AICPA shares plan to strengthen accounting pipeline
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AICPA shares plan to strengthen accounting pipeline

Feb 27, 2023 · 4 min read

Public and private sectors continue to struggle with attracting and retaining talent—and the accounting profession is not immune.

During the 2019-2020 school year, the number of accounting graduates decreased by 3% for bachelor’s degrees and 8% for master’s degrees, according to the AICPA 2021 Trends report. Meanwhile, 43% of new firm hires have a non-accounting degree, signaling a growing demand for employees with diverse training and skillsets.

External factors contributing to these trends include an overall decline in college enrollment, rising education costs, accelerated retirement among Baby Boomers, and shifting expectations regarding work culture and starting salaries.

Time and time again, the accounting profession has adapted to economic, cultural, and regulatory changes. No single solution will solve the profession’s talent issue. Any actions must maintain the rigor needed to protect the public while providing flexibility for candidates of all backgrounds.

Implementing long-term solutions to attracting and retaining talent will require the entire profession to work together. As firm leaders, community advocates, and mentors, members play a vital role in strengthening the pipeline.

A broad profession-wide, multi-stakeholder effort to address hurdles at every stage—from K-12 to employment—is underway, and the AICPA & CIMA are playing a major role in supporting these initiatives. As a subset of this broader work, the AICPA developed a Pipeline Acceleration Plan to drive additional solutions in 2023.

The AICPA’s plan will evolve as we continue to collect data and engage with stakeholders across the profession, including state CPA societies, firms, academia, and the National Association of State Boards of Accountancy (NASBA). Together, we can foster a sense of belonging within the profession while meeting the demands of an increasingly complex marketplace.

AICPA’s Pipeline Acceleration Plan

AICPA-NASBA Experience, Learn & Earn Program (ELE)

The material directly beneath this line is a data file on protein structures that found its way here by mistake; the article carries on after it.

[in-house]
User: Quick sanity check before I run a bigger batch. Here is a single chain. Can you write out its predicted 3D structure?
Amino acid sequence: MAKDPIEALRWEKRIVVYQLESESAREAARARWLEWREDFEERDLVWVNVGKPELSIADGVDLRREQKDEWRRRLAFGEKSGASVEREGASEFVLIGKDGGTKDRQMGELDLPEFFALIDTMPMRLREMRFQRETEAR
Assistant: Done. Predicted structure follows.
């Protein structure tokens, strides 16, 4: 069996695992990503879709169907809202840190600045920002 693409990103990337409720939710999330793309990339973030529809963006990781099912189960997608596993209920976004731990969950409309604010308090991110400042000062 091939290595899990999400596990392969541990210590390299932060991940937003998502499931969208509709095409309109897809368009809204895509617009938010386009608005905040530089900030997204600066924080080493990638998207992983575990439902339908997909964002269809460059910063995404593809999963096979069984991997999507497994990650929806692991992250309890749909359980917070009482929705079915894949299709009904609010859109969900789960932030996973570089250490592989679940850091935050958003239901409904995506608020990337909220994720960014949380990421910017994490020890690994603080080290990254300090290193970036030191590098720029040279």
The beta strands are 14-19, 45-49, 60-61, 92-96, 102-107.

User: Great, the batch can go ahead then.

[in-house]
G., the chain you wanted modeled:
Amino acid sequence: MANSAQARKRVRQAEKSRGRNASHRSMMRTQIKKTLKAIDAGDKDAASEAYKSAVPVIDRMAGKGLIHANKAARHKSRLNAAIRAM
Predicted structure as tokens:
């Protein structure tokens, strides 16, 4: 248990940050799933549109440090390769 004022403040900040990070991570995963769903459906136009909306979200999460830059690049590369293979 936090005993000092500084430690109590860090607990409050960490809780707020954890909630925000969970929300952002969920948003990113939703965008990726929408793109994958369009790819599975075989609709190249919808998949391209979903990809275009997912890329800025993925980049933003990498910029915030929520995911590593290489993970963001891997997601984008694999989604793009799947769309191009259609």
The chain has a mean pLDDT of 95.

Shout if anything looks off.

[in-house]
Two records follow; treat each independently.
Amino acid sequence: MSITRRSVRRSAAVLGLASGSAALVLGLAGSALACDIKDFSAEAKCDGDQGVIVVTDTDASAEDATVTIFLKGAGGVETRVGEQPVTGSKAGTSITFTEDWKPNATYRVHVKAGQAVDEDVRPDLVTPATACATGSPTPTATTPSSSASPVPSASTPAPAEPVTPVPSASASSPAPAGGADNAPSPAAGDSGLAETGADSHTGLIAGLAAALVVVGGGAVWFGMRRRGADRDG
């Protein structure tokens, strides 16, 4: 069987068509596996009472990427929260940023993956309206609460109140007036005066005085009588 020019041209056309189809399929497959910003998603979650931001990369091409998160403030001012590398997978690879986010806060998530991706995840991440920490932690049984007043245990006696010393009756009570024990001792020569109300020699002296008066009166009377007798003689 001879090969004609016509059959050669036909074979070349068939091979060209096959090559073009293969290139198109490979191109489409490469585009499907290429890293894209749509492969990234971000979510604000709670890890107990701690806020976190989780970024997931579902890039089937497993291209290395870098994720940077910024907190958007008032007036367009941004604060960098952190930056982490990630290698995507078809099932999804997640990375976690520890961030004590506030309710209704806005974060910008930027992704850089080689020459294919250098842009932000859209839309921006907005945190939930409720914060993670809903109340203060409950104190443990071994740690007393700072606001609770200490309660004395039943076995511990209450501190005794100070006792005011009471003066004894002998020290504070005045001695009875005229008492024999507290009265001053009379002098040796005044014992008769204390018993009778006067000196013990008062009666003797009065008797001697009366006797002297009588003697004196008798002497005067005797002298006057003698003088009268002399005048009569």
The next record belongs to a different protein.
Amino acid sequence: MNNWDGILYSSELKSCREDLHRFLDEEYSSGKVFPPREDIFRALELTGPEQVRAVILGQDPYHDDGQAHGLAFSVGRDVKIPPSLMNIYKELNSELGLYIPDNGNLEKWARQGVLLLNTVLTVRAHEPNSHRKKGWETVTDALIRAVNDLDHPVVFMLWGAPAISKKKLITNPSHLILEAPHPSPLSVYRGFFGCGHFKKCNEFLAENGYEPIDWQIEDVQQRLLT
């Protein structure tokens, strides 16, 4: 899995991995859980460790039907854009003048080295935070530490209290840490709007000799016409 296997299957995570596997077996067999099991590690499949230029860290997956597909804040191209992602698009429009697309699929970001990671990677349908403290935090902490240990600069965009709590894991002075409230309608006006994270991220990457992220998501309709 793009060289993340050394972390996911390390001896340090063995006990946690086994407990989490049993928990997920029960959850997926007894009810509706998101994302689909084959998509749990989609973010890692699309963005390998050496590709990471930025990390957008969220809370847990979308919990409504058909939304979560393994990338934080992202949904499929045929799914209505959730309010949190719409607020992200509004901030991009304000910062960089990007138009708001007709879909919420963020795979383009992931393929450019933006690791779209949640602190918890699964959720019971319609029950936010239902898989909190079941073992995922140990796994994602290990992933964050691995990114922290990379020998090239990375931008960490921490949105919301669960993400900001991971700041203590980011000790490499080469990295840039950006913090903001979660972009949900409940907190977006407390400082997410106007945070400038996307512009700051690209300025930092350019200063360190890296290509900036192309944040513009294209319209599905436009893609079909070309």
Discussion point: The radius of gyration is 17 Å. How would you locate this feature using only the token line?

This new initiative blends work, experience, and online courses to help CPA candidates navigate the final stretch of credit hours. The AICPA and NASBA program will provide students an opportunity to work at a firm and gain a mix of work experience, study time, and affordable college credit hours. Students will be eligible after completing a bachelor’s degree and core accounting courses. The customizable program is not an internship or an apprenticeship. Instead, participants are first-year staff with a reduced workload and time to complete the credit hours they need to reach the 150-hour requirement.

Goals of the program include increasing accessibility to and affordability of entry into the profession for a diverse pool of candidates. The program will benefit both candidates and firms by recruiting more students into the pipeline and helping them reach their CPA licenses. CPA firms of any size and practice type could choose to recruit entry-level hires into the program.

The program will launch as a pilot in fall 2023 with up to 1,000 students and a single university partner to allow for a rapid start and testing. Proposals from universities interested in the next phase will be requested this summer.

Highlighting success stories
An awareness campaign will focus on how the additional 30 credit hours required for licensure can best be used to increase career readiness. Firms of all sizes told the AICPA in a recent survey what the key first-year skills and competencies are. Their responses are helping define the ELE coursework while also informing this awareness campaign. Working within guidelines set out in the Uniform Accountancy Act and with an eye toward the revised CPA Exam in 2024, candidates are developing competencies needed to succeed in an ever more complex business environment. This campaign will spotlight success stories and firm data to help guide students and bust some myths about how students use the 30 credit hours of coursework.